I/O Library

Monday, August 29, 2011
I've taken Guido's advice about using file descriptors rather than FILE * handles, and as a result the i/o classes are coming along nicely. MemoryStream and StreamTextWriter are done, with unit tests. FileStream and StreamTextReader are written but still need tests. The character codecs got an overhaul as well.

One of the nice things about all of this is that it has given me a chance to write lots of Tart code, which is a welcome break from writing the compiler in C++. You can definitely see the power of Tart when you have unit tests that look like this:

stream.write([1, 2, 3, 4, 5]);
assertContentsInOrder(stream.data, 1, 2, 3, 4, 5);

In this case, 'stream' is a MemoryStream, and the 'write' method takes in an array of bytes, which in this case is an array literal. "stream.data" returns a reference to the underlying collection (an ArrayList). "assertContentsInOrder()" takes a collection and a variable number of elements, and asserts that the contents of the collection equals that list (it does this by calling iterators.equal()).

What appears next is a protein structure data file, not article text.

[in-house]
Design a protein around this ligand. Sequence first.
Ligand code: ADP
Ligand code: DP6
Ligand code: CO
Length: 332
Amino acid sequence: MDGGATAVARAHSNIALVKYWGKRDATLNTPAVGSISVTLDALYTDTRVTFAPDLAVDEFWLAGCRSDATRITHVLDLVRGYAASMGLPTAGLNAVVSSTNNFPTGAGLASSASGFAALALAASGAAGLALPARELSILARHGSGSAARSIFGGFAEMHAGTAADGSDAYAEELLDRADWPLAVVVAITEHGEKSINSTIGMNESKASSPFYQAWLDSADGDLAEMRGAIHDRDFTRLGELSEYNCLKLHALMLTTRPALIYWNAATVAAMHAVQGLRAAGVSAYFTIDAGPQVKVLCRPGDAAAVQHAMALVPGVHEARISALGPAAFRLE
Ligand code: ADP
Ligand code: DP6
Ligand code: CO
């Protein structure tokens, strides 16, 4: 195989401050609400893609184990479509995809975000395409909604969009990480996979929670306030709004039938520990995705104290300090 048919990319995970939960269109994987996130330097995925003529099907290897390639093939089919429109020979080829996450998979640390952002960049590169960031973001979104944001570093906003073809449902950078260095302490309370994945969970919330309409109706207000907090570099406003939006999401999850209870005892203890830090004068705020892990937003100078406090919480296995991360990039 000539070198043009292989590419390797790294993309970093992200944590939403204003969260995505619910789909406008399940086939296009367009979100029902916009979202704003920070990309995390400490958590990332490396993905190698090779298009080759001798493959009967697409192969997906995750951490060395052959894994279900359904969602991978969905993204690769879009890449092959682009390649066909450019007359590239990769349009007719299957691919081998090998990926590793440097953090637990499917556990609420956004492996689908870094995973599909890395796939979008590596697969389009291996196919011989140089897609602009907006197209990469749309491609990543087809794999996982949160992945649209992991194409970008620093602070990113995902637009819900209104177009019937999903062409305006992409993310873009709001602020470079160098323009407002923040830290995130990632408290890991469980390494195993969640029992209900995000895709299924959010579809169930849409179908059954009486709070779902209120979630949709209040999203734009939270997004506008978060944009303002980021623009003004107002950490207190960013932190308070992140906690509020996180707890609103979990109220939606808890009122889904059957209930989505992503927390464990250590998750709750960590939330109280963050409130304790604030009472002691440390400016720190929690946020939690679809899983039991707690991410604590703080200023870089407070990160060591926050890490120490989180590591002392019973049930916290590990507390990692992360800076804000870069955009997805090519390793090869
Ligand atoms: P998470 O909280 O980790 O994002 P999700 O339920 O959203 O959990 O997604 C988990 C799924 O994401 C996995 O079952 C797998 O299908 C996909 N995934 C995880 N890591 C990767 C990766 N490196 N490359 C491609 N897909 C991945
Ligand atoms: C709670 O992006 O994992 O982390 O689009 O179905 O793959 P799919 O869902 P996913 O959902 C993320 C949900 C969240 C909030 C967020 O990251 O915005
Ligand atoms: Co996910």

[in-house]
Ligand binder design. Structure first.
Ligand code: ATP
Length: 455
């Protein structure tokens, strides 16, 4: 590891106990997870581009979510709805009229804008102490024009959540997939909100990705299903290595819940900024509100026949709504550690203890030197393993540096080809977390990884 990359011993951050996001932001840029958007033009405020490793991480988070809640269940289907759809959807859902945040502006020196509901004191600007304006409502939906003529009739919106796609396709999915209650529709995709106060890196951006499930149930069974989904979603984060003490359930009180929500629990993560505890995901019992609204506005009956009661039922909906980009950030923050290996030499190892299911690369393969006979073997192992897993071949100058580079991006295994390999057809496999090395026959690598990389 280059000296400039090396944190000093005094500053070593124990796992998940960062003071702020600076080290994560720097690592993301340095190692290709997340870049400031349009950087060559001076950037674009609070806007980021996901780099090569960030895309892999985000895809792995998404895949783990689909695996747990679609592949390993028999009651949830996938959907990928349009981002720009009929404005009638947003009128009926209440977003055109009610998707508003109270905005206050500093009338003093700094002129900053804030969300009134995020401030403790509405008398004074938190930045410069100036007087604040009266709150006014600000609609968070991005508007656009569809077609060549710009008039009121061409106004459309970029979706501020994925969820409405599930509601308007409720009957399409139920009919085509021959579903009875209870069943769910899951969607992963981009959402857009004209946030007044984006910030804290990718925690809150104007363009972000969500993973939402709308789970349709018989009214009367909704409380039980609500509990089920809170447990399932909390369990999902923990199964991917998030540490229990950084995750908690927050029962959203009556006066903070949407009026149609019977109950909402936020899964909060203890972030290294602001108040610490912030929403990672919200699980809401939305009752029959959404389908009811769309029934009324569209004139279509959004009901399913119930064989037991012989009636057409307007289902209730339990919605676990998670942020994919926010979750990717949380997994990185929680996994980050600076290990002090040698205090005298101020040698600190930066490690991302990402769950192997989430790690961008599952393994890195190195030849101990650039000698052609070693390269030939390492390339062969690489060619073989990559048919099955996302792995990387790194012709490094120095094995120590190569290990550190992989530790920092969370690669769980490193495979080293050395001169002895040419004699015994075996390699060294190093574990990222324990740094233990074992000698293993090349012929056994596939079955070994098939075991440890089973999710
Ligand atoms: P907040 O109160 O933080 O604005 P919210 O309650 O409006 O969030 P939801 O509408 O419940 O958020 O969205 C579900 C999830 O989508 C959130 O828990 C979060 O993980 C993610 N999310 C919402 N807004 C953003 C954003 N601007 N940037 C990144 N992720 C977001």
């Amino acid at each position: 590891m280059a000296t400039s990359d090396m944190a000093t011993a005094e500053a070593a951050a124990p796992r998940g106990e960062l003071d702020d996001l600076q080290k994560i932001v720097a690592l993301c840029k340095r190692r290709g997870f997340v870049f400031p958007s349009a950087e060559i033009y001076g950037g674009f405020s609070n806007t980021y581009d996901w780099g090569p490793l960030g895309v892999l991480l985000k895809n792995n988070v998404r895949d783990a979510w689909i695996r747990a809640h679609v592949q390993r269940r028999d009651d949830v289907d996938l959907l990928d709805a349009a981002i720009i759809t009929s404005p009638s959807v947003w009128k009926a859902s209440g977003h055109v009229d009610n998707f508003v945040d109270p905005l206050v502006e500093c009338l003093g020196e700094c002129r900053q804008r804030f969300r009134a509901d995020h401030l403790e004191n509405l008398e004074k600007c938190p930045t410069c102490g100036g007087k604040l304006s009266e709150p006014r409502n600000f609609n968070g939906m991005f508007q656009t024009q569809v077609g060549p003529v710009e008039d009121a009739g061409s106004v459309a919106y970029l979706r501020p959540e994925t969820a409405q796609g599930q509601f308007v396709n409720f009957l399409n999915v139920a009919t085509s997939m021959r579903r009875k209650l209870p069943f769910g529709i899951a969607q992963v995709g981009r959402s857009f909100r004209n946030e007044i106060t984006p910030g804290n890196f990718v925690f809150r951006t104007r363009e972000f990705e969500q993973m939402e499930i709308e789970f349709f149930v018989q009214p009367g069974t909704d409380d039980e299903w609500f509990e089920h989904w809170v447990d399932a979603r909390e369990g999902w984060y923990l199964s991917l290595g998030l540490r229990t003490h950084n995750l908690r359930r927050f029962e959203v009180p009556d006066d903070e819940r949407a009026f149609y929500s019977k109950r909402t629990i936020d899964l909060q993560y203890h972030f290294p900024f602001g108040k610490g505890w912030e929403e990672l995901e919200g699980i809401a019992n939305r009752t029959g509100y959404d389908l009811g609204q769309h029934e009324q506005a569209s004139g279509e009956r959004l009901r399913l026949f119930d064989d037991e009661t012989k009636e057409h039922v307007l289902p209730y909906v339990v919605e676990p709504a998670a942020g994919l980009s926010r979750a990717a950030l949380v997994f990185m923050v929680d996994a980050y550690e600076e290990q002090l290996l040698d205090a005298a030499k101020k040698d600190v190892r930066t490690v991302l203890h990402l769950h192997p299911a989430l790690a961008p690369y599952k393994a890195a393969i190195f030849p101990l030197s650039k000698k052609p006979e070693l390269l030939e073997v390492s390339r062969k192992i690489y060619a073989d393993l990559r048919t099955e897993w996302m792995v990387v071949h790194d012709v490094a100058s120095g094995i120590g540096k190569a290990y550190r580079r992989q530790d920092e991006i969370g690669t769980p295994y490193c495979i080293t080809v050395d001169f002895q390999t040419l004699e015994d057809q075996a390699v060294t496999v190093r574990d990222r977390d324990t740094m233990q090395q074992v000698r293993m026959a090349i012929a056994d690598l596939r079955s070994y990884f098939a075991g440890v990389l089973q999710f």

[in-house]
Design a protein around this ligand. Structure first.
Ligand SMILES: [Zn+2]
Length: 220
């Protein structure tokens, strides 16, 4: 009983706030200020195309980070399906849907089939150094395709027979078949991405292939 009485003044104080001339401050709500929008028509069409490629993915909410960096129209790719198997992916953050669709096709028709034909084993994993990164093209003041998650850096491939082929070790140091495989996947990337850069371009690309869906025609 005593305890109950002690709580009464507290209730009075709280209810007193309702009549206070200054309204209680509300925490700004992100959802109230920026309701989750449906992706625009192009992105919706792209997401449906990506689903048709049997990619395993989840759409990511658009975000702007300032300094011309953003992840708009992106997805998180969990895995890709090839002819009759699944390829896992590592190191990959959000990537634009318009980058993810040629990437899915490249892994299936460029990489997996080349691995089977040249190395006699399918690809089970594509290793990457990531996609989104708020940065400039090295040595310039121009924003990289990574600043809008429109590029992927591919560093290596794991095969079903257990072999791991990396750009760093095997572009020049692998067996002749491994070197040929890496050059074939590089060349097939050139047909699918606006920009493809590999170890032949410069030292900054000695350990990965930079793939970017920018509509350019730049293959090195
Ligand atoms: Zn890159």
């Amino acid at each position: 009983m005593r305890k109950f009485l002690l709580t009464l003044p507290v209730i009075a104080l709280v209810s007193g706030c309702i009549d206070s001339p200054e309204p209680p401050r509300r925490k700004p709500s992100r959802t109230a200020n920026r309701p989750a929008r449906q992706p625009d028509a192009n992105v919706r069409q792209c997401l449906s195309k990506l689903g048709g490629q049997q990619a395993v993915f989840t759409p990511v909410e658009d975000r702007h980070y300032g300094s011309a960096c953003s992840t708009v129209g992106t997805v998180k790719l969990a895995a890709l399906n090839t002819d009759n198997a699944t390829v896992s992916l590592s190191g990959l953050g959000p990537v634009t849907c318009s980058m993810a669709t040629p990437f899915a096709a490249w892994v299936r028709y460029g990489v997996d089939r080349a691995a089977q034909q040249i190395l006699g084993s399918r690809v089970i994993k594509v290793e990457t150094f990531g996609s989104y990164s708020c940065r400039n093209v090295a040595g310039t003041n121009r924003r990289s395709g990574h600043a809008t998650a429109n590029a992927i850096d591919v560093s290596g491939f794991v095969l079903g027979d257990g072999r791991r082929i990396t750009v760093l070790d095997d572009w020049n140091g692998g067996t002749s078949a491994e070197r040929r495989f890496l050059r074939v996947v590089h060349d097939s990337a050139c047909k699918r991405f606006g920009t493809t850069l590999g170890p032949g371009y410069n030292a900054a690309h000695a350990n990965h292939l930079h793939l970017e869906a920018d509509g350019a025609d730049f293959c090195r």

This style of coding feels very Pythonic to me, yet it's all statically typed.

One minor disadvantage of using unix file descriptors is that there's no equivalent of feof(). The only way to know that you're at the end of file is to attempt to read, and then get 0 back as the result. This doesn't play so well with higher-level APIs, which are typically designed such that you can test for end of file before doing an actual read. fread() and its ilk provide this capability by reading ahead.

This means that my lower-level i/o classes have to expose this same behavior - I can't define an "eof" predicate for class IOStream. Such a method would be expensive without buffering or read-ahead of some type. And since we want the IOStream interface to be platform-agnostic, that means that we can't define an eof method even on platforms which do support it for low-level streams. We have to go with the lowest-common-denominator (both of platforms and stream types), which means that all IOStreams have to have unix-style end-of-file behavior.

Obviously the higher-level classes such as TextReader / TextWriter are buffered, so we can define an eof() method on all of these. It's only the lower-level unbuffered classes that don't support it.


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